Officials said the pioneering option to house the new Rockland animal shelter countywide would cost significantly less than the expected $18 million price tag to build the new facility.
Haverstro Supervisor Howard Phillips said the newly built warehouse on Beach Road could cost up to $5 million to purchase and could be renovated to accommodate stray cats, dogs, rabbits and other animals. He said the five cities could either buy the 15,000-square-foot building, lease the site, or reach a lease and purchase agreement. Completion of the project will extend until 2023.
The canceled county plan called for a facility to be built near the Hi-Tor Animal Center site across from the Rockland Fire Training Center off Route 45 in Ramapo. Supervisors and some county lawmakers rejected the county-led project when the projected price jumped from $8 million to $18 million due to rising construction costs and other economic factors.
“We can do something for as little as $18 million to $20 million,” Phillips said. “We have an existing building that can be retrofitted. The owner is interested in $4-5 million.”
Phillips said that township supervisors will continue to work on the details. He said they will also work with County Executive Ed Day and the Hi-Tor Animal Center Board to continue operating the deterioration facility until a deal on a new site is completed.
A property in the isolated Torne Valley in Ramapo has also been considered.
The High Tour contract expires on December 31. Cities are legally responsible for caring for stray animals but the county agreed years ago to provide land and funding. The primary operating funding for the nonprofit Hi-Tor shelter comes from the cities.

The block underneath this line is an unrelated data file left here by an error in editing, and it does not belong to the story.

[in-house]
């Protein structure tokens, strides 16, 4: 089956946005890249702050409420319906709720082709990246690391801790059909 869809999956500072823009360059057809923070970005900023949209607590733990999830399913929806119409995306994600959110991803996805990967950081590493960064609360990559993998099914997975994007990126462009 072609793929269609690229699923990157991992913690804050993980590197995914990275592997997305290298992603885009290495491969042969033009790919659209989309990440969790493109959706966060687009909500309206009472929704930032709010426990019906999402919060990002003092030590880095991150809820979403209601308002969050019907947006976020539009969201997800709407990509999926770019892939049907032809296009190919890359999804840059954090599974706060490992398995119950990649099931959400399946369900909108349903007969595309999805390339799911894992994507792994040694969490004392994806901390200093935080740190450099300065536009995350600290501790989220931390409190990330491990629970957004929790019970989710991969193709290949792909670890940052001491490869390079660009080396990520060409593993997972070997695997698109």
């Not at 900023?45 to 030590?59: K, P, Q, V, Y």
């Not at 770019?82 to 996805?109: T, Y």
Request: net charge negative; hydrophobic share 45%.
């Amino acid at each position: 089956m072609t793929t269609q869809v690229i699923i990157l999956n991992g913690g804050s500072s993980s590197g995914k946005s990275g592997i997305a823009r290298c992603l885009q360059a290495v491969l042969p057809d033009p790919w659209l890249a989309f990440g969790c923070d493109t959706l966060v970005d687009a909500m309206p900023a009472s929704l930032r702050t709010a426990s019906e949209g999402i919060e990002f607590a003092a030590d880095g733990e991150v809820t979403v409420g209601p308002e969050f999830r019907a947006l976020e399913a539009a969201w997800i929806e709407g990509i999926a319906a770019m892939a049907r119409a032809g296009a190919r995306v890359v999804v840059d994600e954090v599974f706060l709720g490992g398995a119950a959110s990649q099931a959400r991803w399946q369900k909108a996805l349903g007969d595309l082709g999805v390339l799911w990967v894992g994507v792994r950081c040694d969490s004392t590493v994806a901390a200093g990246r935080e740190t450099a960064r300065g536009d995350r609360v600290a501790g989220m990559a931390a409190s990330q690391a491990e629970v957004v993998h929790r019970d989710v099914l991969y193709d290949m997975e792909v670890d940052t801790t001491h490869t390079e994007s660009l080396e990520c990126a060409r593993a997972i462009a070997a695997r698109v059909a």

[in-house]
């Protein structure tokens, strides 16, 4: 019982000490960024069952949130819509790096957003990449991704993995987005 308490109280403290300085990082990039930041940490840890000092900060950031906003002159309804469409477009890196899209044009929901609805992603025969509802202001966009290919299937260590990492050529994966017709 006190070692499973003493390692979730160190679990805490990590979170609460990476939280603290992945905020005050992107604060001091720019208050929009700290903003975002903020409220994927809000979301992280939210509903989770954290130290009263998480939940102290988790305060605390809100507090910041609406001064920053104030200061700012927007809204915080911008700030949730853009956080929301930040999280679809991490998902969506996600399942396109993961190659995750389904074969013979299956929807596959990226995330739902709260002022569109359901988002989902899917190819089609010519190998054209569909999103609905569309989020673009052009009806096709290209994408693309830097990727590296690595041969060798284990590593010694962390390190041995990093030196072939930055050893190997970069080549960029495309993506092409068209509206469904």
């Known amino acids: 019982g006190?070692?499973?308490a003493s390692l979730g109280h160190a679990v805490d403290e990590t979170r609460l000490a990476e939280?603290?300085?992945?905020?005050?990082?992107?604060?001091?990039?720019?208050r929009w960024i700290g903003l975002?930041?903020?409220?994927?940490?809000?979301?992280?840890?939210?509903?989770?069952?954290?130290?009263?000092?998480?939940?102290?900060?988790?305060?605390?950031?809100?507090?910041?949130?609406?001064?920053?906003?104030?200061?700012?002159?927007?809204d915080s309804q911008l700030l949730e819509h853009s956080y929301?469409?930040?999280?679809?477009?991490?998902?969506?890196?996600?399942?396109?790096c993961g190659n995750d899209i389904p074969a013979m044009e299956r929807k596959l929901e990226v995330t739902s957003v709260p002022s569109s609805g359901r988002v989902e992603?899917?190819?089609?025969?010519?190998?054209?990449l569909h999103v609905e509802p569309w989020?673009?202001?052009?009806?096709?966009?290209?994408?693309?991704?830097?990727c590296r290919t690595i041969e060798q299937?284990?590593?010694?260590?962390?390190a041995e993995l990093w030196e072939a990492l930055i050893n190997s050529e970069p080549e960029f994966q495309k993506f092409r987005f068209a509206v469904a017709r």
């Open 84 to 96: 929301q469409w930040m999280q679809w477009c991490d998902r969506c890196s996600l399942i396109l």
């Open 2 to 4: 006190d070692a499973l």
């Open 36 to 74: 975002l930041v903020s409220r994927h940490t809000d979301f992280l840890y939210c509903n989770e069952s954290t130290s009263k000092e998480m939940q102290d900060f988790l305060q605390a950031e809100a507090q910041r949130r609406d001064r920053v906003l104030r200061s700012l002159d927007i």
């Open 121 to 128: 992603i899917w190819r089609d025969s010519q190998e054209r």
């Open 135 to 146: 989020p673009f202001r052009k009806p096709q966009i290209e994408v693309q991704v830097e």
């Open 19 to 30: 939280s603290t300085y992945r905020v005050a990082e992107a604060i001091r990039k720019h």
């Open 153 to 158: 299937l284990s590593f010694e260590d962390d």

After years of on and off, Day announced earlier this month that supervisors would take over the animal shelter, after Rockland lawmakers refused to agree to borrow an additional $10 million to cover the increased costs of the previous plan.
Admins are looking for the operator
Supervisors are consistent in changing the management of Hi-Tor, replacing the volunteer council entirely after years of financial problems and concerns about the treatment of animals.
Phillips said the supervisors’ plan still includes Rockland Green, which operates a refuge with the Hudson Valley Humane Society, which has electrolytes at its Haverstraw facility. Rockland Green oversees waste disposal and recycling countywide. The agency’s board of directors includes the five city supervisors, county legislators, and the county executive office.
Before supervisors can sign a deal for the warehouse, they need two appraisals of the property’s value. The depot is located near several industrial facilities, including a joint regional sewage treatment plant.
Officials said complaints from local residents about the Ramapo baseball stadium fireworks and their impact on animals played a role in moving the shelter site. The smoker at the fire-training center also became a factor, Phillips said.
“Our main concern is the lives of the animals,” Phillips said. “They are stranded and living in appalling conditions due to human neglect. We want a cost-effective shelter.”
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